Loading...
Larger font
Smaller font
Copy
Print
Contents

Health, or, How to Live

 - Contents
  • Results
  • Related
  • Featured
No results found for: "undefined".
  • Weighted Relevancy
  • Content Sequence
  • Relevancy
  • Earliest First
  • Latest First
    Larger font
    Smaller font
    Copy
    Print
    Contents

    HOW TO TAKE BATHS

    BY MISS HARRIET N. AUSTIN, M. D.

    To many persons the descriptions and explanations below may seem unnecessarily minute, but they will not, I think, to him who has had much experience in giving instructions for home-treatment. He who has seen persons attempt to take Sitz-Baths in wash-bowls, to take Half-Baths without undressing, to give a Dripping-Sheet by wetting one corner of the sheet in cold water, or to give hot fomentations with a small linen towel, or a bit of flannel as large as his two hands, has learned how crude are the notions of the people in regard to the whole matter of water treatment. A vast deal of injury has been done in this method of treatment, as well by the bungling use of appliances, which, if skilfully used, would have been entirely proper, as by the use of such as were wholly unsuited to the person to whom they were administered.HHTL 78.1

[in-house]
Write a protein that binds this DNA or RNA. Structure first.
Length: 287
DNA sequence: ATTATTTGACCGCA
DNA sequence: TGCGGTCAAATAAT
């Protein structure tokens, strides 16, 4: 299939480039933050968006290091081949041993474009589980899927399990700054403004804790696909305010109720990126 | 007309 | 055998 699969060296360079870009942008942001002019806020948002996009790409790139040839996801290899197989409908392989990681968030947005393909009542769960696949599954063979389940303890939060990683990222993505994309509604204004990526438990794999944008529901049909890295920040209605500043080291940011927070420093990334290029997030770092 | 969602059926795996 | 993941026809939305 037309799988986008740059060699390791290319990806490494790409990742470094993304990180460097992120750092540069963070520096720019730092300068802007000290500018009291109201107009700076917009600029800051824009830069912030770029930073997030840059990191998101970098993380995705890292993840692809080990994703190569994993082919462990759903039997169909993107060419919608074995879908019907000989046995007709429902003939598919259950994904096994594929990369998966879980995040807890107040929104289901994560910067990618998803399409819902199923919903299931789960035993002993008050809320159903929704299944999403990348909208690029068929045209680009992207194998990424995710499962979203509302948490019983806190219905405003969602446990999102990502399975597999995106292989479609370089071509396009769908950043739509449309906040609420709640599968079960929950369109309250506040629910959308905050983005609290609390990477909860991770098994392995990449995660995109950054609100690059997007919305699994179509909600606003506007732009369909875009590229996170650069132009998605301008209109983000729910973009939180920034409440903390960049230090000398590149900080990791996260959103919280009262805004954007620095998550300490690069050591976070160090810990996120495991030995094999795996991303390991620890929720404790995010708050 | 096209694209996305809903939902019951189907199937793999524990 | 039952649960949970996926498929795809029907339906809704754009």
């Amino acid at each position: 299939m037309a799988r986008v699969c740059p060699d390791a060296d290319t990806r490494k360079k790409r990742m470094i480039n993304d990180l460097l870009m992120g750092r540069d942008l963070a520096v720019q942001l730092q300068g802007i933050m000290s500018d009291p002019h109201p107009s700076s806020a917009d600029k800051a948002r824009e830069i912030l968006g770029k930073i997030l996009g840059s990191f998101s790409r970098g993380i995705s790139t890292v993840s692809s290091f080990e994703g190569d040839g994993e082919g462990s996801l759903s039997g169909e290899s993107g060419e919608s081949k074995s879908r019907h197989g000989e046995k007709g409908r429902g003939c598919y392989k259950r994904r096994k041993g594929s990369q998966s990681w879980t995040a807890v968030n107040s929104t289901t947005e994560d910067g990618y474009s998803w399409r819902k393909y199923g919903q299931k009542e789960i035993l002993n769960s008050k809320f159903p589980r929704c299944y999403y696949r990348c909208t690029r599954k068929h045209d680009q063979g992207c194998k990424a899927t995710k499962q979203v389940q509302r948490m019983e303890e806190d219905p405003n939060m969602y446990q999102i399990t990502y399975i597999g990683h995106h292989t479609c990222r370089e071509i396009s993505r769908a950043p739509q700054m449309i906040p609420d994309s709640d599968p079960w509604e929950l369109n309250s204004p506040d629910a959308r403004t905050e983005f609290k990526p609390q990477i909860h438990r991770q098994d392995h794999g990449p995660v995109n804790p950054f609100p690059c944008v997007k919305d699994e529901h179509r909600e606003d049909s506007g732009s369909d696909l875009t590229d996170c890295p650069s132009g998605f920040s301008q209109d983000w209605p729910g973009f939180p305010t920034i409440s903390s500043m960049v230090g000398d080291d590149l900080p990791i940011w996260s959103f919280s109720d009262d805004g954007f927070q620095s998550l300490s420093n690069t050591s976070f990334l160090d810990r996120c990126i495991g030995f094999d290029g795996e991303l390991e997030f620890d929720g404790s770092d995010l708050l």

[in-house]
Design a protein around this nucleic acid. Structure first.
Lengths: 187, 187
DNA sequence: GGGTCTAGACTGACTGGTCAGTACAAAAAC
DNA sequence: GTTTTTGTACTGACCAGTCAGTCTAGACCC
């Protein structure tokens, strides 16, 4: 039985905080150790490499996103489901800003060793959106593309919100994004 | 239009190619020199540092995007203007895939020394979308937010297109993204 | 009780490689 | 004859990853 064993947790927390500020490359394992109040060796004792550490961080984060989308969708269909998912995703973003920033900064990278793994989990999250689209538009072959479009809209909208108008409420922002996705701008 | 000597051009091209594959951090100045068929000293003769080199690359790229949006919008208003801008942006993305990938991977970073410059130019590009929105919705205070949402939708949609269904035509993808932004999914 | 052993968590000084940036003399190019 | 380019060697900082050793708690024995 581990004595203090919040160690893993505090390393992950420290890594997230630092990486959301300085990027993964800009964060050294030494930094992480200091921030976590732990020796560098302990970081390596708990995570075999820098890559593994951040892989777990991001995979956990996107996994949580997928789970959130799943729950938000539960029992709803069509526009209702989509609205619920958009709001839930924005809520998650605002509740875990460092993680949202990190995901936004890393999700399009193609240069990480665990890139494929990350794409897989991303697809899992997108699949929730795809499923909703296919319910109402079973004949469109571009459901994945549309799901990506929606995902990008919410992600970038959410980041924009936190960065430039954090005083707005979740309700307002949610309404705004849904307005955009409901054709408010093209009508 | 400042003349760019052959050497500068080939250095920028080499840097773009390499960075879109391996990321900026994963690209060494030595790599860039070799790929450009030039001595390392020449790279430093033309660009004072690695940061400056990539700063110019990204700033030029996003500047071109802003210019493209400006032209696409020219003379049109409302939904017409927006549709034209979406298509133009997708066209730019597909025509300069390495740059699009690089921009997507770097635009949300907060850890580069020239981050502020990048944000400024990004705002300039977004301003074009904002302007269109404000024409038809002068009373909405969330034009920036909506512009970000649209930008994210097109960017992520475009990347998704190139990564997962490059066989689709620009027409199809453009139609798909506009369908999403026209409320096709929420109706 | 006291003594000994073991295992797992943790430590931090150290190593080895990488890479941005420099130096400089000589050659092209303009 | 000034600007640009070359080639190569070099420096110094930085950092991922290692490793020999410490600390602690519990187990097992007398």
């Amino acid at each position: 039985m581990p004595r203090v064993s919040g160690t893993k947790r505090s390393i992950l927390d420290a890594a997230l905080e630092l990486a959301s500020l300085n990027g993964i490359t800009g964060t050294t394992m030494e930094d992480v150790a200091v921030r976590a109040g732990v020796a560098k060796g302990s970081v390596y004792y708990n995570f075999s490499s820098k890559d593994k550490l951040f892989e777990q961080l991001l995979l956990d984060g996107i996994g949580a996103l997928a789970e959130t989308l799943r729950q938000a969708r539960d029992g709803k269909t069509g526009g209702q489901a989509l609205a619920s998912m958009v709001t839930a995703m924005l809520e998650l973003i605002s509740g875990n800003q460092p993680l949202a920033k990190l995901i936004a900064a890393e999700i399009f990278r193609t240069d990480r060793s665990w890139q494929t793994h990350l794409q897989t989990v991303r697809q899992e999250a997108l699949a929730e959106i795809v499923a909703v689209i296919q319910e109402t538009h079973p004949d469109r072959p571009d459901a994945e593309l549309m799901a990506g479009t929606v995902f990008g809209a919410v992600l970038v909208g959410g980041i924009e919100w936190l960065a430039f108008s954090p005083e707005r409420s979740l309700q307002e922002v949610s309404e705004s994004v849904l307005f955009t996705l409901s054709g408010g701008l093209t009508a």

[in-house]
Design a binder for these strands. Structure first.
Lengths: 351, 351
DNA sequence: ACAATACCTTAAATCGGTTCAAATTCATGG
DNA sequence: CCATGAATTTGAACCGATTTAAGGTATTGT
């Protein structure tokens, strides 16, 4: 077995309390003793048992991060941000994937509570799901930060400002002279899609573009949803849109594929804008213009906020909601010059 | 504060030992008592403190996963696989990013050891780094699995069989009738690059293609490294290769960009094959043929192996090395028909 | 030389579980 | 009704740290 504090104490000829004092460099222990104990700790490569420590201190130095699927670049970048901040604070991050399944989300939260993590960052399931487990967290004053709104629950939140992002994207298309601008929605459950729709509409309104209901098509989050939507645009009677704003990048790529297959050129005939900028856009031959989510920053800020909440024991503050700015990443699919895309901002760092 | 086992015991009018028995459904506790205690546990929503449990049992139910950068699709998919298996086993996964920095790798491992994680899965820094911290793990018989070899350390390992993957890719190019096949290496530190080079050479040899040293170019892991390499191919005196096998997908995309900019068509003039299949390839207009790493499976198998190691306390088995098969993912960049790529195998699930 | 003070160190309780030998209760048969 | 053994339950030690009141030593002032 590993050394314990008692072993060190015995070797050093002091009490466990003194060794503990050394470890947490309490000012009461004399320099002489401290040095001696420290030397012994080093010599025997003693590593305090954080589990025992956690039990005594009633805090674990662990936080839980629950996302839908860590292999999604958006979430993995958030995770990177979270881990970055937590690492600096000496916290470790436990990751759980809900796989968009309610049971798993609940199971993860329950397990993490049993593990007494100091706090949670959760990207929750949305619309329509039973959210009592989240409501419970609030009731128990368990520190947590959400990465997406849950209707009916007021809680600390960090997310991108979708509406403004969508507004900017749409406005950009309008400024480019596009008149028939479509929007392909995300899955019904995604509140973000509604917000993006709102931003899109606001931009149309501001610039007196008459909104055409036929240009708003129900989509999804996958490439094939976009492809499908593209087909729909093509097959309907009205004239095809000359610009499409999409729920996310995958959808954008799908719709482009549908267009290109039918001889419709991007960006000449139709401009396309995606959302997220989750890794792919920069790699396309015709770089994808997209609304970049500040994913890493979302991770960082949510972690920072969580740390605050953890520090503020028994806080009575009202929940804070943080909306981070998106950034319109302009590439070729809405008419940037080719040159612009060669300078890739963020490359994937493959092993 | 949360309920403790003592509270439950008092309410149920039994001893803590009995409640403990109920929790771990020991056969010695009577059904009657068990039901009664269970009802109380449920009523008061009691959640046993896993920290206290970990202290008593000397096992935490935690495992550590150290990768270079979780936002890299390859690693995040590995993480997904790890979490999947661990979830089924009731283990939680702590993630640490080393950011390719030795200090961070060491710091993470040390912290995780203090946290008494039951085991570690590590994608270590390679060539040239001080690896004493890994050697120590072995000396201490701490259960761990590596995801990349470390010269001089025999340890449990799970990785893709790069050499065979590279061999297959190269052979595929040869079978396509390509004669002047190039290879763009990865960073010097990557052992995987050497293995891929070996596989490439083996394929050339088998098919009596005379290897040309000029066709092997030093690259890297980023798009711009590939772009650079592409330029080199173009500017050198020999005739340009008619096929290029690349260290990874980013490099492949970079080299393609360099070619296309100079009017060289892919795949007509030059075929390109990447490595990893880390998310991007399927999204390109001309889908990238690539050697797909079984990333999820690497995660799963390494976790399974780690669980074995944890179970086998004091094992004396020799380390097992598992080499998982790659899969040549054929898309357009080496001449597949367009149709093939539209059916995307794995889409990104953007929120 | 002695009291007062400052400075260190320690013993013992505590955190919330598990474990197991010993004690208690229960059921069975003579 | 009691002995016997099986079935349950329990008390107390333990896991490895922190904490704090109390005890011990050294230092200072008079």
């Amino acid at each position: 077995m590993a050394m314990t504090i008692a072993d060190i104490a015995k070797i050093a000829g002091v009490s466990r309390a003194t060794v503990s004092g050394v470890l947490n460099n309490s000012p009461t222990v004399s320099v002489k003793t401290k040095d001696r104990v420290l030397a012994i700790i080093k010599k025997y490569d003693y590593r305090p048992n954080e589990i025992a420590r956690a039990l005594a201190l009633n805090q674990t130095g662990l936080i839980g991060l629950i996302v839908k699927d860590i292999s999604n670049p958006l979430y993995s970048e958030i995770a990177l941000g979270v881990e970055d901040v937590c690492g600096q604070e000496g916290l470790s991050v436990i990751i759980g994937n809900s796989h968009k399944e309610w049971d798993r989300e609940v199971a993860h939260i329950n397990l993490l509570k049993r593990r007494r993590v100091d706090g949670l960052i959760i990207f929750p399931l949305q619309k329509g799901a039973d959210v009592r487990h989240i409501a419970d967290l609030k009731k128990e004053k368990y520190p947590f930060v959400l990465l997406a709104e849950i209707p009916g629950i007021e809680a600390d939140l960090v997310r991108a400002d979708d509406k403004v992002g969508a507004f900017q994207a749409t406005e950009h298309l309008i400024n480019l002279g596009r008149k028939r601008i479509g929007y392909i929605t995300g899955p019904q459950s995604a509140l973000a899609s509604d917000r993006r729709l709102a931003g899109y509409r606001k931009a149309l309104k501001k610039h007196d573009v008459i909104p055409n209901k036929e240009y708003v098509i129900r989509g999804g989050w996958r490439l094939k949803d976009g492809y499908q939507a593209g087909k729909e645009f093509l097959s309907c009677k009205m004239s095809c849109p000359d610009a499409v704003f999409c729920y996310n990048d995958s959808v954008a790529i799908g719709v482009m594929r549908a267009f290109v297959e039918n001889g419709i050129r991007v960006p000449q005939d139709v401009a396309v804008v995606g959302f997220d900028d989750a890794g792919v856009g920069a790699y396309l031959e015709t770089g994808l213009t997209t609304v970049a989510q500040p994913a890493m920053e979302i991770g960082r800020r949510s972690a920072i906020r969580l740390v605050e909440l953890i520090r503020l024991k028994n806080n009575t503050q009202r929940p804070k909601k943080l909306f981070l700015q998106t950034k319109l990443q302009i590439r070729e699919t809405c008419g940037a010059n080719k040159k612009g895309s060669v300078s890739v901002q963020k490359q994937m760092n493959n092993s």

We do not give heroic treatment. We do not believe in it. Our baths are all mild, and given at not very frequent intervals. The first thing to be done when a bath is to be given is to prepare the room, making it of a comfortable temperature. The second is to prepare the bath, using soft water, and making it of the right temperature, as indicated by a thermometer. Persons sometimes ask us to explain what we mean by certain temperatures, so that they can get along without a thermometer. This is impossible. The terms hot, cold, warm, tepid are so indefinite, and convey so different impressions to different persons, as to be entirely unreliable in giving directions. What is hot to one person is cold to another, in the morbid states through which sick persons pass. And the sensations of healthy persons are so variable that they cannot be relied upon to temper baths by the touch, for those with whom a slight change is of consequence. Of course the line where cold passes into tepid, or tepid into warm, is inappreciable, but in general terms I should consider a bath at 75 degrees Fahrenheit cold, at 85 degrees tepid, at 95 degrees warm, and at 105 degrees hot. The idea that the hotter a person is, the colder should be his bath, is productive of great mischief. The true rule is exactly the reverse of this. That is, a person in a high fever should have his bath at a higher temperature than if he had no fever; for what, in the latter case, would be a pleasant temperature to him, might be shockingly cold in the former. So, while in such conditions a bath at 90 degrees would subdue the fever, one at 75 degrees would be likely to produce violent reaction, and in half an hour the fever would be higher than before. 1If a person in fever is to be packed, his conditions are much more readily and safely controlled by wetting two sheets in water at 90 degrees, wringing them but slightly, packing him in them, or even by putting him into a fresh pack when the first one becomes heated, than by putting him into a cold sheet.HHTL 78.2